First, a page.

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- USA trip: By motorcycle through Arizona On secondary routes through national parks and the desert
Wild West – With a BMW R 1200 GS on secondary routes through national parks and deserts.
The fascination of aviation: In the southeast of Tucson, Arizona, there are thousands of aircraft of all years and types, from airworthy to junk, on huge desert areas. An Eldorado for technology fans, but not always to be experienced as close as here on the “Yard” of Chuck Wootan, who lives off parts sales and reconditioning and takes time to talk. Thanks, Chuck!
Idyllic Arizona: Ken and Carry, married for 50 years. The couple runs the Copper Sands Motel (www.copper sandsmotel.com) on the main street of Ajo in the middle of Organ Pipe National Park in the Sonoran Desert. Guests have a family breakfast in the office, the coffee is legendary. Also on offer: vehicle insurance for Mexico and innovative mini fitness equipment (www.70andfit.com).
Into the wild: Lost in the Algodones dunes not far from the Mexican border.
Saguaro cacti in Organ Pipe National Park just before Lukeville.
The manager of the Holiday Inn Hotel in Twentynine Palms and his daughter present his pancake machine.
In the private aircraft hangar in Tucson: Chuck shows the Pratt & Whitney radial engine.
Endless straight ahead doesn’t have to be boring: Route 86 in the Tohono Oodham Nation Indian reservation.
Pub in Robles Junction.
Classical instruments on an old Boe-ing 707 in the museum in Tucson.
Road movie: sand surfing on bizarre Bombay Beach on the way to Brawley.
Motel search on the highway towards Yuma.
Motorcycle specialist shop with an unusual range of spare parts at Twentynine Palms.
Fraternization with the Afghanistan veteran Blake over exquisite Pacifico beer.
With the motorcycle through national parks and desert
USA trip: By motorcycle through Arizona
On secondary routes through national parks and the desert
On secondary routes through national parks and deserts. In the spotlight: the Mexican border, bizarre villages, bizarre types, giant cacti, big engines and insane contradictions.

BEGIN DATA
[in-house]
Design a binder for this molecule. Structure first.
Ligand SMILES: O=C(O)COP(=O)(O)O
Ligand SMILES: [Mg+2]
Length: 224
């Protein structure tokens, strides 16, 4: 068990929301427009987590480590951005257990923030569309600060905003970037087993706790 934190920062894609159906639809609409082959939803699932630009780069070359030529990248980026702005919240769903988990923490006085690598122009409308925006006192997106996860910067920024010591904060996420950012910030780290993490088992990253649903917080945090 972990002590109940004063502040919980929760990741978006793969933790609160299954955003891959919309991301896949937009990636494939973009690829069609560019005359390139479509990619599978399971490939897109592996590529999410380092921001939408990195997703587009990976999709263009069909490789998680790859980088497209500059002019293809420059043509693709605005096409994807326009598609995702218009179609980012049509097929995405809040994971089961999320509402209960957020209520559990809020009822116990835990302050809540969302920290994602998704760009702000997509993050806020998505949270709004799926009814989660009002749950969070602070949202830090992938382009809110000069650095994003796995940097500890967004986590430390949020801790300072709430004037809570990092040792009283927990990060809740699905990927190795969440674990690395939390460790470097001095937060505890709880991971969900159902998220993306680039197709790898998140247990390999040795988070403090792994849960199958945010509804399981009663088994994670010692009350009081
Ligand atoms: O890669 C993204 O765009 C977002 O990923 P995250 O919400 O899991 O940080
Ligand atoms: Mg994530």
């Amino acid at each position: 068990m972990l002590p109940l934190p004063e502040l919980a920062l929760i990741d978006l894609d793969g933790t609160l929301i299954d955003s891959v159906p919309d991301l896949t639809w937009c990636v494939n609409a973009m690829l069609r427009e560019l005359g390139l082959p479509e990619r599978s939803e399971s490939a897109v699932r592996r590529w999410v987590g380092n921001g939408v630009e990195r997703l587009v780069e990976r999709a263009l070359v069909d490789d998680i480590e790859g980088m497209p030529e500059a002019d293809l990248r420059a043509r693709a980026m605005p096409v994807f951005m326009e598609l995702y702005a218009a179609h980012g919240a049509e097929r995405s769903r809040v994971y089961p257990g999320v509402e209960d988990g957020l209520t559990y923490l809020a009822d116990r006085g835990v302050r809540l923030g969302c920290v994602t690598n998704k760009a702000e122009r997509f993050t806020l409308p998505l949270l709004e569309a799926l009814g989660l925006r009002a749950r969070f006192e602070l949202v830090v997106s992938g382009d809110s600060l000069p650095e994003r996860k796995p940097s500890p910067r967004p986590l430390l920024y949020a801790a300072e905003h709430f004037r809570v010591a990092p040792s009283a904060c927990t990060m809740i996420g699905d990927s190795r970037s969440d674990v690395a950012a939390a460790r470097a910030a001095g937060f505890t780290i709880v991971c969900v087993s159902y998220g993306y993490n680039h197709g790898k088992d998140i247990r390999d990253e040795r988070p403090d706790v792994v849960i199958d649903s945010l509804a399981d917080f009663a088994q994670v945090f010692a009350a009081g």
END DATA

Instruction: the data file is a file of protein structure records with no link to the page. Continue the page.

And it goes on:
The gust of wind greedily reaches for the red GS. Hurls them two meters to the right, regardless of whether a fat pick-up is driving or rocks mark the edge of the desert. The boxer enduro has barely freed itself from the hours of clutching Los Angeles when its invisible fists of rapidly moving air slam against the left cylinder. That doesn’t stop until we get washed into the roller coaster of the San Bernardino Mountains on Route 62. The fuel gauge shows low tide, but ample torque pushes the machine quickly up to 1000 meters. The first Yoshua trees are reflected in the visor.
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On secondary routes through national parks and desert
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20,000 years before our BMW rolled off the assembly line, this area was just recovering from the last ice age. Nomadic Indian tribes roamed what is now Joshua Tree National Park in search of food. With 700 plant species, there was a good chance of stopping the stomach growling with pine nuts, acorns and cactus fruits. In the 21st century, starving travelers can enjoy Pizza Hut and In-N-Out Burgers in Twentynine Palms. Yucca brevivolia, the Yoshua tree, on the other hand, provides food and protection for numerous desert animals, as it has done for ages.
Sand crunches under the Tourance tires of the 1200s, it takes us on a first lap through the bizarre world of wonder trees. Mormons who were passing through baptized them in the name of their prophet Yoshua around 1840 because they saw the saints in the position of the branches. Didn’t he tell them to walk west with outstretched arms? The trees, which are reminiscent of giant cacti, mutate into strange creatures in the light of the setting sun. Rather Claudia says they belonged to the lily family.
In the evening in Twentynine Palms: The GS crackles in the parking lot of a small hotel in the well-deserved rest, towering between Harleys and a Victory. Jack from Oregon, who organizes a moped tour down here with his buddies once a year, changes his dusty day t-shirt for a going-out shirt on the suitcase of his E-Glide. His stomach shows an impressive six-pack wrapped in bacon. No wonder when you use large amounts of Budweiser internally every day.